IMDb > Ride Beyond Vengeance (1966)
Ride Beyond Vengeance
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Ride Beyond Vengeance (1966) More at IMDbPro »

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Overview

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6.3/10   257 votes »
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Release Date:
January 1966 (USA) See more »
Genre:
Tagline:
Robbed And Left To Die... Now the hunted becomes the hunter! See more »
Plot:
Jonas Trapp falls in love with the beautiful Jessie, a wealthy girl out of his humble class. Against the wishes of her snobbish aunt... See more » | Add synopsis »
User Reviews:
And now for the opposing opinion See more (15 total) »

Cast

  (in credits order) (verified as complete)

Chuck Connors ... Jonas Trapp, the Tiger

Michael Rennie ... Brooks Durham
Kathryn Hays ... Jessie Larkin Trapp

Joan Blondell ... Mrs. Lavender

Gloria Grahame ... Bonnie Shelley

Gary Merrill ... Dub Stokes

Bill Bixby ... Johnsy Boy Hood

Claude Akins ... Elwood Coates

Paul Fix ... Hanley
Marissa Mathes ... Maria (as Marrisa Mathes)
Harry Harvey ... Vogan (as Harry Harvey Sr.)
William Bryant ... Bartender

Jamie Farr ... Pete the Blacksmith
Larry Domasin ... The Mexican Boy
Bill Catching ... A Drunk (as William Catching)

James MacArthur ... The Census Taker

Arthur O'Connell ... The Narrator

Ruth Warrick ... Aunt Gussie
Buddy Baer ... Mr. Kratz

Frank Gorshin ... Tod Wisdom
Robert Q. Lewis ... The Hotel Clerk
rest of cast listed alphabetically:
Nick Borgani ... Barfly (uncredited)
Bill Coontz ... Barfly (uncredited)
Dave Dunlop ... Barfly (uncredited)
Chuck Hamilton ... Storekeeper (uncredited)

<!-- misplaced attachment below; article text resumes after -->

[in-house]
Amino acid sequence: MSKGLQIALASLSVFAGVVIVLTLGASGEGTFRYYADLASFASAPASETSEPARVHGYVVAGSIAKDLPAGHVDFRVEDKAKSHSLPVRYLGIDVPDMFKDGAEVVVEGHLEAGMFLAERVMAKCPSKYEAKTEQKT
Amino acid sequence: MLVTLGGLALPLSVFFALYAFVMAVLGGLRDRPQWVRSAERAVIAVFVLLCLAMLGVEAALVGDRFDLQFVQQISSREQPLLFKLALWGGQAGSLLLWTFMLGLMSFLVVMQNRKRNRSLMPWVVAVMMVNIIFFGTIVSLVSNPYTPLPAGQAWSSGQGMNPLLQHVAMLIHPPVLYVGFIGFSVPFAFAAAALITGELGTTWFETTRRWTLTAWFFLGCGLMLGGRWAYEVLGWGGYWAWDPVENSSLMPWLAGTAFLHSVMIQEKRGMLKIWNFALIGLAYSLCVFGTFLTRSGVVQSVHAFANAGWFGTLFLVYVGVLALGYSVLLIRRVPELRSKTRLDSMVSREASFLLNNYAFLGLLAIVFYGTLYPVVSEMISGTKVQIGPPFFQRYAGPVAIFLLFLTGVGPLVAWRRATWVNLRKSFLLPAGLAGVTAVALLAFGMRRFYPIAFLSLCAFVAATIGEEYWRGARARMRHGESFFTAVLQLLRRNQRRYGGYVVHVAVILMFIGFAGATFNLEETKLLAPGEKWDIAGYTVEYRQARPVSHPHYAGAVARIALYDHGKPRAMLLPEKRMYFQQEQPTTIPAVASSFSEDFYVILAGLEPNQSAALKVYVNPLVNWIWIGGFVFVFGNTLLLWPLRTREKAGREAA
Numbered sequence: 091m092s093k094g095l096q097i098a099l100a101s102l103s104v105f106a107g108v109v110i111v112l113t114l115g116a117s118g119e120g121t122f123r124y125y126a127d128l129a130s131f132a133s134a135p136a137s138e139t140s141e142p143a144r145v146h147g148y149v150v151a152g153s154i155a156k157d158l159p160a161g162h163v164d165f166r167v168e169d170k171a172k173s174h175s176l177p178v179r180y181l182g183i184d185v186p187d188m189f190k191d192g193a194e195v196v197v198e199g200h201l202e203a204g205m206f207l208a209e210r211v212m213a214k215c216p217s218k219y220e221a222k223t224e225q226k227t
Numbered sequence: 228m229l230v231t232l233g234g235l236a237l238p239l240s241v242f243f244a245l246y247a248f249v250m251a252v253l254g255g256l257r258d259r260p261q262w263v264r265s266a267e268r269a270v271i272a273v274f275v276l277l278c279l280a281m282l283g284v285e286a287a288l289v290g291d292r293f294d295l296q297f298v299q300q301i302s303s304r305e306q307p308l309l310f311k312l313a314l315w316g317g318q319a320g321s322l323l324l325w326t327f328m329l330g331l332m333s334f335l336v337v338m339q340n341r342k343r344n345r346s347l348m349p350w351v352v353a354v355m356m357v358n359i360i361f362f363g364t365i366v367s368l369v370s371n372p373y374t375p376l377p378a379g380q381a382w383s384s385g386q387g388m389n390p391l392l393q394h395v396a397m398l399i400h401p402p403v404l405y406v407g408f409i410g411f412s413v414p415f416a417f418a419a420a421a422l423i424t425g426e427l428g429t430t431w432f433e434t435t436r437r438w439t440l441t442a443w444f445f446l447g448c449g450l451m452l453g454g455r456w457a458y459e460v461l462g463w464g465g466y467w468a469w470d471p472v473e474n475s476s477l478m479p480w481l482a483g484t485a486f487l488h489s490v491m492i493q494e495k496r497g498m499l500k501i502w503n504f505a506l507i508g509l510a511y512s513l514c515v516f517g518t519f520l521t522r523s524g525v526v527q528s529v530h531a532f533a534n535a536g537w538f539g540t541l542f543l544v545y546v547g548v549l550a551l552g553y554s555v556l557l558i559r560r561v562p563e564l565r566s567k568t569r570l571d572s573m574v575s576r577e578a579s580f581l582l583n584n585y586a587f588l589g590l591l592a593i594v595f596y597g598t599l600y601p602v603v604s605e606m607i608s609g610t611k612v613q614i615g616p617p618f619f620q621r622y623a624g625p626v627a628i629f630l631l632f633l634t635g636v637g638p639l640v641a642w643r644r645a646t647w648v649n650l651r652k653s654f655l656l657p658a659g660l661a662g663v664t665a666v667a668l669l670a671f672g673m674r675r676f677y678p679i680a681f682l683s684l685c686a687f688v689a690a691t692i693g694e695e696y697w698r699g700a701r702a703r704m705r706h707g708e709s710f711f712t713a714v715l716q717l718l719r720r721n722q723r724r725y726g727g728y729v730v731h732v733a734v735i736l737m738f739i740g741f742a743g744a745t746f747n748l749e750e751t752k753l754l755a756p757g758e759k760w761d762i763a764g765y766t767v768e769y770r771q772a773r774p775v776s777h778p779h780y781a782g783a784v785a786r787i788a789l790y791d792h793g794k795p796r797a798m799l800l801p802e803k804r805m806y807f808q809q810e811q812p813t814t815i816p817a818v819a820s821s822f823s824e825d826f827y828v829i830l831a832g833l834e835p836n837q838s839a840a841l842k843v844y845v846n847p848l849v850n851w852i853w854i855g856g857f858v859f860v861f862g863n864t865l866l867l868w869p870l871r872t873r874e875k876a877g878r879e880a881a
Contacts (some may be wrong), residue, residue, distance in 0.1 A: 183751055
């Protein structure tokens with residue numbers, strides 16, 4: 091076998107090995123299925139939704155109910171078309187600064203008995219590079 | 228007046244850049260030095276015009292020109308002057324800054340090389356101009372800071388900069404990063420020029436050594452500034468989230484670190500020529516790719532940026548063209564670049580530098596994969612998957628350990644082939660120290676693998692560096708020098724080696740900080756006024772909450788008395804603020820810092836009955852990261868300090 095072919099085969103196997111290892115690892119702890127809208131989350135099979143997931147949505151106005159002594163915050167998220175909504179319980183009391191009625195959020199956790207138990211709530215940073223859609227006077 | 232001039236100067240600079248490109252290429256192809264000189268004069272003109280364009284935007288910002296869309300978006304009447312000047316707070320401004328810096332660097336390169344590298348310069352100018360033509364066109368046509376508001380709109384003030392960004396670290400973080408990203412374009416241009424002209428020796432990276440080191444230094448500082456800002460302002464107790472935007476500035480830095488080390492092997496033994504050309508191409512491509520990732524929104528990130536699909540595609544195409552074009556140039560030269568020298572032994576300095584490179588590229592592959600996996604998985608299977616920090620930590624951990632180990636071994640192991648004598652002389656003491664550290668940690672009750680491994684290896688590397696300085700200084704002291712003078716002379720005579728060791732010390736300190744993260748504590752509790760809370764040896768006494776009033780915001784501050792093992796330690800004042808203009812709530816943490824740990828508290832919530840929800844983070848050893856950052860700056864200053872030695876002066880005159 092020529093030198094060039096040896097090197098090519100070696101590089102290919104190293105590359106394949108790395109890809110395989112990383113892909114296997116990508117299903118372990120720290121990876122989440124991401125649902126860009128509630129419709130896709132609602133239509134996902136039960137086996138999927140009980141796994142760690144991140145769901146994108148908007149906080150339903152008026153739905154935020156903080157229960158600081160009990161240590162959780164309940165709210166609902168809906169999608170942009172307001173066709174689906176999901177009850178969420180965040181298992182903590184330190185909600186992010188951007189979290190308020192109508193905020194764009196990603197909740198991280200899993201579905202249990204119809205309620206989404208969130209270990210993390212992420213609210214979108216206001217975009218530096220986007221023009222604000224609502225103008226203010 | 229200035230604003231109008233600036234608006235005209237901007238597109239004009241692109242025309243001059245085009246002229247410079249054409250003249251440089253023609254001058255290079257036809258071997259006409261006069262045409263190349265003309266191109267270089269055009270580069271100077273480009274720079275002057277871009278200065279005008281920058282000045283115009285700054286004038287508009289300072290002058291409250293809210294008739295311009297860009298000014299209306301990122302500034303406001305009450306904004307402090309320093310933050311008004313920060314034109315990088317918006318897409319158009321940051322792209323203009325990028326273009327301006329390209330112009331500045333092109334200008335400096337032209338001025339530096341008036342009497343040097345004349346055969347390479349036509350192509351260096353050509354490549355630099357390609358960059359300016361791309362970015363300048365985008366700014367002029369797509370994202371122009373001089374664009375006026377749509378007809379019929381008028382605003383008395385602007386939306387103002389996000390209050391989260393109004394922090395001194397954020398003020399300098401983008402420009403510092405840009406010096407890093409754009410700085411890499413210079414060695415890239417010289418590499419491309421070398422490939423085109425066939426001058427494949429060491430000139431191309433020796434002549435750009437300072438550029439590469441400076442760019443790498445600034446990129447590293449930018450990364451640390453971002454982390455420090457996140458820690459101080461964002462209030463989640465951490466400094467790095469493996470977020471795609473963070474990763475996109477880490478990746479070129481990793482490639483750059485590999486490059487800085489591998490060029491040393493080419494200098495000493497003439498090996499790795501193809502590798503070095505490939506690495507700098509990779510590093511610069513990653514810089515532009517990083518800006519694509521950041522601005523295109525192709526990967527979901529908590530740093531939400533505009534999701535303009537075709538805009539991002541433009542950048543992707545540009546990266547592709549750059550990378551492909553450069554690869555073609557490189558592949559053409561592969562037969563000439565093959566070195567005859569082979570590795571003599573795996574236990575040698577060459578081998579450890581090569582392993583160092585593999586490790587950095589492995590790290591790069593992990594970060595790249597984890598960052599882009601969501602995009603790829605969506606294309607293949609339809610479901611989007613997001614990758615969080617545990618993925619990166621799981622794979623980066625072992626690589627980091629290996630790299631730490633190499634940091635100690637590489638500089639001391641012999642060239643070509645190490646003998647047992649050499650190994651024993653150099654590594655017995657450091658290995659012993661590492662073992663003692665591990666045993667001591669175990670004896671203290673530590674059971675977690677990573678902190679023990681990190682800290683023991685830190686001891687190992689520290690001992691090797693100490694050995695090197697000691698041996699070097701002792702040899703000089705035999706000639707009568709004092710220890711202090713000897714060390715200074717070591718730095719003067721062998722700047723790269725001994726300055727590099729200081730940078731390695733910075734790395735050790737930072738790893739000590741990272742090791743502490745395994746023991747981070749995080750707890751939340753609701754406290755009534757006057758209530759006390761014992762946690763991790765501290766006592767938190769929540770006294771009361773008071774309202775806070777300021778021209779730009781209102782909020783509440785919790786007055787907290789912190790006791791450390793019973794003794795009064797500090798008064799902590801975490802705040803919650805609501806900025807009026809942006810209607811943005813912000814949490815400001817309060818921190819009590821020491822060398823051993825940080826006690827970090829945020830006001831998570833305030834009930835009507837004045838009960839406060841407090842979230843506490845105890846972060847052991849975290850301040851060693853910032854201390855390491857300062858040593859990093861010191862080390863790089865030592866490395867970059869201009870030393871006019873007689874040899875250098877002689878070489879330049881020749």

Jerry Schumacher ... Barfly (uncredited)
Phil Schumacher ... Barfly (uncredited)
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Directed by
Bernard McEveety 
 
Writing credits
(in alphabetical order)
Al Dewlen  novel "The Night of the Tiger"
Andrew J. Fenady 

Produced by
Andrew J. Fenady .... producer
 
Original Music by
Richard Markowitz 
 
Cinematography by
Lester Shorr 
 
Film Editing by
Otho Lovering 
 
Art Direction by
Stan Jolley 
 
Set Decoration by
William F. Calvert  (as William Calvert)
 
Makeup Department
Virginia Darcy .... hair stylist
Fred B. Phillips .... makeup artist
 
Production Management
Harry F. Hogan .... production manager
 
Second Unit Director or Assistant Director
Lee H. Katzin .... assistant director
 
Art Department
Richard M. Rubin .... property master
Harold Nyby .... construction coordinator (uncredited)
 
Sound Department
Terry Kellum .... sound recordist
Joel Moss .... sound recordist
 
Special Effects by
Lee Vasque .... special effects (as Lee Vasqué)
 
Stunts
Fred Carson .... stunts (uncredited)
Bill Catching .... stunt coordinator (uncredited)
Luke Saucier .... stunt double: Chuck Connors (uncredited)
 
Camera and Electrical Department
Jordan Cronenweth .... first assistant camera (uncredited)
Leonard J. South .... camera operator (uncredited)
 
Casting Department
Marvin Paige .... casting consultant
 
Costume and Wardrobe Department
Gordon T. Dawson .... costumer: men
Frances Hamilton .... costumer: women
 
Music Department
John Caper Jr. .... music editor
Willard Jones .... orchestrator
Glenn Yarbrough .... title song vocals
 
Other crew
George Rutter .... script supervisor (as George A. Rutter)
Ann St. Lawrence .... executive associate for Sentinel Productions Inc.
 
Crew verified as complete


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Additional Details

Also Known As:
Runtime:
101 min (Encore-Westerns Library Print)
Country:
Language:
Color:
Color (Pathécolor)
Aspect Ratio:
1.85 : 1 See more »
Sound Mix:
Mono (Westrex Recording System)

Did You Know?

Trivia:
The movie changed its title from that of its source, a 1956 novel called "The Night of the Tiger," out of concern audiences might think they'd be seeing a movie set in a jungle.See more »
Goofs:
Crew or equipment visible: When Jonas confronts Johnsy Boy in his buggy, someone with a white hat is seen behind the rearing horses.See more »
Quotes: